Johann David Heinichen was a German Baroque composer and music theorist who brought the musical genius of Venice to the court of Augustus the Strong in Dresden. Although Heinichen's music is original, rhythmically exuberant and imaginative, it was inexplicably little known for a long time.
Johann David Heinichen was born in the small village of Krössuln, near Weißenfels. His father Michael Heinichen had studied music at the celebrated Thomasschule Leipzig associated with the Thomaskirche, served as Kantor in Pegau and was pastor of the village church in Krössuln. Johann apparently was a gifted child; he claimed that he had composed and conducted sacred music in local churches before the age of 12. In 1695, Johann David also attended Thomasschule Leipzig. There he studied music with Johann Schelle and later received organ and harpsichord lessons with Johann Kuhnau. The future-composer Christoph Graupner was also a student of J. Kuhnau at the time. J.D. Heinichen enrolled in 1702 to study law at the University of Leipzig and in 1705-1706 qualified as a lawyer (in the early 18th century the law was a favoured route for composers; J. Kuhnau, C. Graupner and Georg Philipp Telemann were also lawyers). After completing his degree, J.D. Heinichen moved to Weißenfels, where he practised law until 1709.
However, the law apparently held little allure for J.D. Heinichen; he began composing occasional music for Duke Johann Georg's court, and in 1709 gave up the law altogether and moved to Leipzig to write for the opera house there. In 1710, he published the first edition of his major treatise on the thorough-bass. J.D. Heinichen was quite successful in Leipzig, but decided he needed to learn how to write Italian opera firsthand, and abruptly left behind Leipzig for Venice in 1710. He spent in Italy seven formative years there, mostly in Venice. He met numerous composers in that city, including Antonio Vivaldi, and apparently picked up the Italian style quickly, writing two successful operas for the S Angelo Theater. In 1717, J.D. Heinichen became a colleague of J.S. Bach at the court of Prince Leopold of Anhalt-Köthen. His fame spread all the way to the Prince-Elector of Saxony, Augustus II, in Dresden. Augustus hired J.D. Heinichen to share Kapellmeister duties with Johann Christoph Schmidt at his court in 1717. J.D. Heinichen spent the rest of his life there.
Augustus II's court was an ideal situation for a composer. It boasted the greatest orchestra in Europe, for which scores of composers (including A. Vivaldi, G.P. Telemann, and Tomaso Albinoni) spontaneously wrote concerti; it employed numerous other eminent composers, like Johann Joachim Quantz, Francesco Veracini, and Jan Dismas Zelenka; and it had a patron who was determined to keep the music playing. Apart from a disastrous quarrel in the Italian opera company between Heinichen and the singers Senesino and Berselli, which eventually resulted in the dissolution of the company, J.D. Heinichen's tenure was peaceful and productive. He only wrote one opera there, but wrote much instrumental and sacred vocal music which combined elements of the Italian, French and German styles into a recognisable, coherent, personal style. His music revels in the instrumental colours the Dresden orchestra could create, and moves along with splendid rhythmic spring and vigour. If his music is occasionally too extroverted, it is a forgivable excess. While he was at Dresden, J.D. Heinichen also had the opportunity to rewrite his treatise Der General-Bass in der Composition (Dresden, 1728), which provides much more than its title would indicate; it is a manual for composition, a discussion of the proper expression of the affections in music, and a compendium of footnotes and asides which sound like an eager professor instructing his students. It was one of the most respected texts of its day, and it is still used by scholars seeking a better understanding of Baroque performance practice. His pupils included Johann Georg Pisendel.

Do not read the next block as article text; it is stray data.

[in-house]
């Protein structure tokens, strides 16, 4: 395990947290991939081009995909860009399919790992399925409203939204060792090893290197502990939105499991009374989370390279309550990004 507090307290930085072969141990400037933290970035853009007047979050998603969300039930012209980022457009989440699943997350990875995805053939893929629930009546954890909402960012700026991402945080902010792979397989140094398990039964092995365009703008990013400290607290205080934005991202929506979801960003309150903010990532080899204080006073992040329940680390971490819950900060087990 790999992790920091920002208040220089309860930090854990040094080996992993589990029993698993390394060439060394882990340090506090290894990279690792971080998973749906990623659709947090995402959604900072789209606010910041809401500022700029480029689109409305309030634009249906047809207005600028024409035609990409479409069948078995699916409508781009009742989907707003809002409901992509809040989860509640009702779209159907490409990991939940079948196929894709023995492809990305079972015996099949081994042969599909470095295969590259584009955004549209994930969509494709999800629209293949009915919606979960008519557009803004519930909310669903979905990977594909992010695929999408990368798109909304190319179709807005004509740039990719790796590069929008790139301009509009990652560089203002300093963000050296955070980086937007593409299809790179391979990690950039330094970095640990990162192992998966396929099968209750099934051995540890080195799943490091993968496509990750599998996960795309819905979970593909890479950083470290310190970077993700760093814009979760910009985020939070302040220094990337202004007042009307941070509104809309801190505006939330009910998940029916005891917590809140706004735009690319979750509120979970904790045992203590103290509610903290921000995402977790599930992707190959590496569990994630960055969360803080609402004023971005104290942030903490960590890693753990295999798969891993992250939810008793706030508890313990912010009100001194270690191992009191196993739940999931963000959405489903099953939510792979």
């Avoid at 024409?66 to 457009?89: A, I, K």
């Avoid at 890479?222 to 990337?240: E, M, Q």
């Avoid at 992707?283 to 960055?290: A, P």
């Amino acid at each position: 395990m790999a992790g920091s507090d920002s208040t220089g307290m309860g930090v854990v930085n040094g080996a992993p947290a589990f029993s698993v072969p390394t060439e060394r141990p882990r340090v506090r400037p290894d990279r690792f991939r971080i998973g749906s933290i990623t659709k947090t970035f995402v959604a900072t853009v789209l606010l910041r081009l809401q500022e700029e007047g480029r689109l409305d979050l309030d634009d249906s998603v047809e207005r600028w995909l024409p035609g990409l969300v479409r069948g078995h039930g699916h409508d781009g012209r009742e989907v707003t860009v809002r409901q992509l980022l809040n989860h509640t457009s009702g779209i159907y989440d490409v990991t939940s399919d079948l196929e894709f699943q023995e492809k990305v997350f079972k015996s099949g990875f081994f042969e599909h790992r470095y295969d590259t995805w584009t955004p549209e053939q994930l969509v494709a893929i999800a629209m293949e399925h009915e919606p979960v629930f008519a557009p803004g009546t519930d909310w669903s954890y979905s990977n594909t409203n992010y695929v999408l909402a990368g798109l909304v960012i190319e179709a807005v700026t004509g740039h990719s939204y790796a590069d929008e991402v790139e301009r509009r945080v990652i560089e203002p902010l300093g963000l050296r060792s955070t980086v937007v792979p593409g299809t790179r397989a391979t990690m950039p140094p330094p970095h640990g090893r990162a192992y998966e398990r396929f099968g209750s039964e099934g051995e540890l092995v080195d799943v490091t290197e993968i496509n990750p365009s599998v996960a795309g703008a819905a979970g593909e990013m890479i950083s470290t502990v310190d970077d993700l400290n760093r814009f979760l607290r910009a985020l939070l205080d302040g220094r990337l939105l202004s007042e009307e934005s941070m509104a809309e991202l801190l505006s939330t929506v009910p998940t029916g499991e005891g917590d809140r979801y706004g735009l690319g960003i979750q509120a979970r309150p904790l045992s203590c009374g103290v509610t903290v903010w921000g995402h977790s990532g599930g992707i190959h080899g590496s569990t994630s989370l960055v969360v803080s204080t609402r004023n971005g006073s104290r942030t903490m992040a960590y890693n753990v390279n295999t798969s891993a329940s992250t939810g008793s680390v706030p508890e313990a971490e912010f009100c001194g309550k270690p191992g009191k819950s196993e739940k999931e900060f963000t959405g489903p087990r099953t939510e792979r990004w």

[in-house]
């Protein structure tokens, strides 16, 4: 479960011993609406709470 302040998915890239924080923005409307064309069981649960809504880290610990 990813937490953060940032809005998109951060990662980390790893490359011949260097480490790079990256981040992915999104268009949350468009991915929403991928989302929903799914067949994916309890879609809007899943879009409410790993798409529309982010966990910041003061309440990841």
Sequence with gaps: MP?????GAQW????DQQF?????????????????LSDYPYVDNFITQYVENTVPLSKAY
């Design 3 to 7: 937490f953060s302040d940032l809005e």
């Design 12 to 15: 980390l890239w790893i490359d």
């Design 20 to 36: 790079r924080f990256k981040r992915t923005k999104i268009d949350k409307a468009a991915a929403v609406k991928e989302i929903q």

In 1721, J.D. Heinichen married in Weißenfels and the birth of his only child is recorded in January 1723. In his final years Heinichen's health suffered greatly and on the afternoon of July 16, 1729, he was buried in the Johannes cemetery after finally succumbing to tuberculosis.
Although Johann David Heinichen was well known and respected both as a theorist and as a composer during his lifetime, his name would not have been recognised by most classical music listeners until scholar/conductor Reinhard Goebel began championing his music during the 1990s. Since then, more and more listeners have become acquainted with Heinichen's sprightly, colourful, charming music. His music is enjoying a resurgence of popularity, with some of his masses and his final work, a Magnificat, now receiving some attention in the recording world.